Monday, September 11

How to avoid long Covid

Unfortunately, some people who "recover" from COVID-19 continue to experience symptoms that negatively impact their ability to perform at work and at home. These symptoms include exhaustion, difficulty concentrating, and disturbed sleep. We refer to this disease as long-term COVID. It can happen to people who were very slightly affected, but it is more likely to develop in those who were sickest when they initially contracted the virus. At first, several people—including some medical professionals—thought that the patients might be lying about their illnesses or that the persistent disease was only the result of psychological issues.

After three years, it is evident that extended COVID affects tens of millions of people. According to estimates from senior Harvard economists, the United States may have to pay up to $3.7 trillion in future years for medical care for ailments related to COVID-19. The cost is probably going to be significantly higher if the millions of people who are currently afflicted with long COVID continue to suffer from the sickness for years or if long COVID turns into a chronic condition.

Additionally, it has become clear that the virus-related bodily problems are what are causing the illness. Two scientific reviews from 2023 that appeared in the journals Nature Reviews Microbiology and Frontiers in Medicine provide a thorough summary of the numerous underlying biological abnormalities connected with long-term COVID-19 infection. These abnormalities largely affect the brain, immune system, energy metabolism, heart, and lungs.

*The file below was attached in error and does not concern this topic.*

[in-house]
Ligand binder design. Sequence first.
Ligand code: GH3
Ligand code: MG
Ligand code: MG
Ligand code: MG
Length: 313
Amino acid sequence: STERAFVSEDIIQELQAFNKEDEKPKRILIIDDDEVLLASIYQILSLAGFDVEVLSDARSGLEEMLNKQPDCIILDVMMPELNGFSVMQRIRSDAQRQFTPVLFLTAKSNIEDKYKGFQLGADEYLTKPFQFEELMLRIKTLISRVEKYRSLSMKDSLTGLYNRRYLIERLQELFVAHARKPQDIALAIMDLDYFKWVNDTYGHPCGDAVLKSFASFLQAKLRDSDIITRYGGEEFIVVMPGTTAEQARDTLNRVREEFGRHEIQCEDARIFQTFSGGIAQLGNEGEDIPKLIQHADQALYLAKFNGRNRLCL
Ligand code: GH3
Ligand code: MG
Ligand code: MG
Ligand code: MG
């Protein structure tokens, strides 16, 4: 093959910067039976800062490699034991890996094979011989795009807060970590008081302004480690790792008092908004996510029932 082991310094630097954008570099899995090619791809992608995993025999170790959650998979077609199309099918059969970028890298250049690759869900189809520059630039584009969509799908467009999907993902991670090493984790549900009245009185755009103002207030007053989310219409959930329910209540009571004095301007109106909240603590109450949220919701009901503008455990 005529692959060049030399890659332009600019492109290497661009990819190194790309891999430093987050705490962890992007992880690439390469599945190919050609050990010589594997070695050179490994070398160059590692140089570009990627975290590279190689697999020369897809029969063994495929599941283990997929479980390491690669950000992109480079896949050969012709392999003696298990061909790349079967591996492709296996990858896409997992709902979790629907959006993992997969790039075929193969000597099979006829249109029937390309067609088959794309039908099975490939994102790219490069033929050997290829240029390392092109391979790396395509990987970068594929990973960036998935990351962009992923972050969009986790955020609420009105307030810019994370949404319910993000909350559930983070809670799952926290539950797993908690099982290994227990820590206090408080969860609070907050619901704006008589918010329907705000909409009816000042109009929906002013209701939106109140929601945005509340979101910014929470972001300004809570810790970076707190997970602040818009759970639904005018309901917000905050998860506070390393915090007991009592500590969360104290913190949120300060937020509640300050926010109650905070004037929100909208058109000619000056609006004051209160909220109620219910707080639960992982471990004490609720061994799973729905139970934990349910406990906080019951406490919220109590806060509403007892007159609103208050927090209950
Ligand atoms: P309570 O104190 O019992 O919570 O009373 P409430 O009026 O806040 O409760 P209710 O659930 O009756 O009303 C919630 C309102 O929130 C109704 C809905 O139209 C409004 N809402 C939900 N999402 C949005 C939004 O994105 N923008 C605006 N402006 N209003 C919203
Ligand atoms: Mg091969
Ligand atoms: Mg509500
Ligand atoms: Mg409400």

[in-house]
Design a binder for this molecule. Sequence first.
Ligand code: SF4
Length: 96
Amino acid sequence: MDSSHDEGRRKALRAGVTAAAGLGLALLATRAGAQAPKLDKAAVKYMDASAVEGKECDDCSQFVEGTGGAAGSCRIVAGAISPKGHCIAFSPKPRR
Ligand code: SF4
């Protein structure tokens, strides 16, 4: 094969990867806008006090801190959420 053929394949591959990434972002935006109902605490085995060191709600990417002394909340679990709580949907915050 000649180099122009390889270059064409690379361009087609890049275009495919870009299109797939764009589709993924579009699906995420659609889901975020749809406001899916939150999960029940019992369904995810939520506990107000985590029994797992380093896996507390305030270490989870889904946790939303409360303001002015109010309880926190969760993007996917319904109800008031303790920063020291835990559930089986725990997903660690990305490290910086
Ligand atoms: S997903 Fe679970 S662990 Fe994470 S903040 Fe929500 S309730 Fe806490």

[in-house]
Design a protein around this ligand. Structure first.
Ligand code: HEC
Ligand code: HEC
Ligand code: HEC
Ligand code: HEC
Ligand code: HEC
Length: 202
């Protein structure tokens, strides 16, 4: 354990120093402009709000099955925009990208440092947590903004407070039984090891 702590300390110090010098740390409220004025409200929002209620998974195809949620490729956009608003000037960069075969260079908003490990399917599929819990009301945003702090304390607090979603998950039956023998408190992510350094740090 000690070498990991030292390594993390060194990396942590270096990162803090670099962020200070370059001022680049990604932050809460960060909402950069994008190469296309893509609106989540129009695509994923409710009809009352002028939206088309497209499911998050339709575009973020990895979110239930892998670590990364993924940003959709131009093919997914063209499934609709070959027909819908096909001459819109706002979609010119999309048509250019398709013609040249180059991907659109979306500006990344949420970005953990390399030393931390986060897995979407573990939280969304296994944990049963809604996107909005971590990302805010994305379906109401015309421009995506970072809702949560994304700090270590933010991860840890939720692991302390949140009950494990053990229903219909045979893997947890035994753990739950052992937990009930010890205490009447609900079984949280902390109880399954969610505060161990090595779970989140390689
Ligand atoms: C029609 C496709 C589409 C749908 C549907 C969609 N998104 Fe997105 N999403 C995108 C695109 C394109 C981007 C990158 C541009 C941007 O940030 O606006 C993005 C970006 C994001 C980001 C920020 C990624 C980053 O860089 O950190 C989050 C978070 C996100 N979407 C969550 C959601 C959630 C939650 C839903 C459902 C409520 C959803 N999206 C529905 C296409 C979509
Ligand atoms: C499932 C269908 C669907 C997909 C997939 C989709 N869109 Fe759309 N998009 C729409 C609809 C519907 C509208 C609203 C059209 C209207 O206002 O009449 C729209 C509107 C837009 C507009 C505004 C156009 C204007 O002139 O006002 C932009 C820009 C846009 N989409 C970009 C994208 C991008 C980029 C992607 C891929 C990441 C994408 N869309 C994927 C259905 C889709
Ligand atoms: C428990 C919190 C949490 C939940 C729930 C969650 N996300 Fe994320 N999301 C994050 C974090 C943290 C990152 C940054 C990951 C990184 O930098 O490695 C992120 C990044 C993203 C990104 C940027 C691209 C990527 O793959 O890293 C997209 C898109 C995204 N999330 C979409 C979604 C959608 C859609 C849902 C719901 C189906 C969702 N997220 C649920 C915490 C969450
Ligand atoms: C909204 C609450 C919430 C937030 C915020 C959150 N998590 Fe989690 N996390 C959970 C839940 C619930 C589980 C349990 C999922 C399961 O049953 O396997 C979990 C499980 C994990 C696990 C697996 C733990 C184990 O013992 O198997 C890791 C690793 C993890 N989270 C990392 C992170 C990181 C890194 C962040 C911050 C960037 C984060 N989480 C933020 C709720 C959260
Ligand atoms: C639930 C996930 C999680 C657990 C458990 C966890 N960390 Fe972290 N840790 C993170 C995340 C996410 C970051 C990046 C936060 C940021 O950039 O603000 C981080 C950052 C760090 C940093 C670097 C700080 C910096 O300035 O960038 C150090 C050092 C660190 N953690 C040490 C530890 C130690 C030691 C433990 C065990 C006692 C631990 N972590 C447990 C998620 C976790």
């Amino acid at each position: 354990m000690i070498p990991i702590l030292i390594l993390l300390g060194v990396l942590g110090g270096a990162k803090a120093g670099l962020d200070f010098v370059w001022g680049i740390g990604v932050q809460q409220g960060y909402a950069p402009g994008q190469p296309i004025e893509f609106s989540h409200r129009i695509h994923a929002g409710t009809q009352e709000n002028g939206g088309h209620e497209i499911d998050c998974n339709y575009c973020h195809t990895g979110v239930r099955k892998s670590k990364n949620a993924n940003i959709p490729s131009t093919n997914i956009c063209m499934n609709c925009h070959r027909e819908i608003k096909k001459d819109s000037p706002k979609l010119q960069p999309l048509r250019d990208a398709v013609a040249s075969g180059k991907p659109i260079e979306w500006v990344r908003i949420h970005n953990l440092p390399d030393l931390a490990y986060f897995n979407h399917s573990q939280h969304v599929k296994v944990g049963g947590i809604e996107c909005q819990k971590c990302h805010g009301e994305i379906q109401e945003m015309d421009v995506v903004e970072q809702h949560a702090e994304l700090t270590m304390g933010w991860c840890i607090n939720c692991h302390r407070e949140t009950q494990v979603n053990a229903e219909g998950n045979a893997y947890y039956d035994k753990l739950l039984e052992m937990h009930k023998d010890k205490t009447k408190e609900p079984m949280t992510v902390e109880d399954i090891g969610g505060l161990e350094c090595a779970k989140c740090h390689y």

What safeguards can you take to avoid contracting a lengthy COVID? Immunisations guard against contracting COVID-19, and contracting long-term COVID without first contracting COVID-19 is not possible. However, vaccines are not infallible; some individuals who receive vaccinations nevertheless experience "breakthrough" COVID-19 infections. Thankfully, a 2022 study that was published in the journal Nature Communications indicates that vaccination lowers the incidence of long-term COVID.

People with COVID-19 who were prescribed the antiviral medications nirmatrelvir/ritonavir (Paxlovid) and molnupiravir (Lagevrio) were found to be 25% to 50% less likely to develop long COVID than people of similar age and health who did not receive an antiviral, according to two 2023 observational studies published in the British Medical Journal and JAMA Internal Medicine. Antivirals must be proven to genuinely protect against lengthy COVID-19 infections through randomised trials, which are now being conducted.

Although long-term COVID is a real and significant issue, there seems to be some protection from contracting it through vaccinations and antiviral medications. In order to find the desperately needed answers for how to more accurately diagnose, treat, and eventually prevent lengthy COVID, the National Institutes of Health has allocated over $1 billion.

No content on this site, regardless of date, should be used to replace direct medical advice from your doctor or another trained practitioner.
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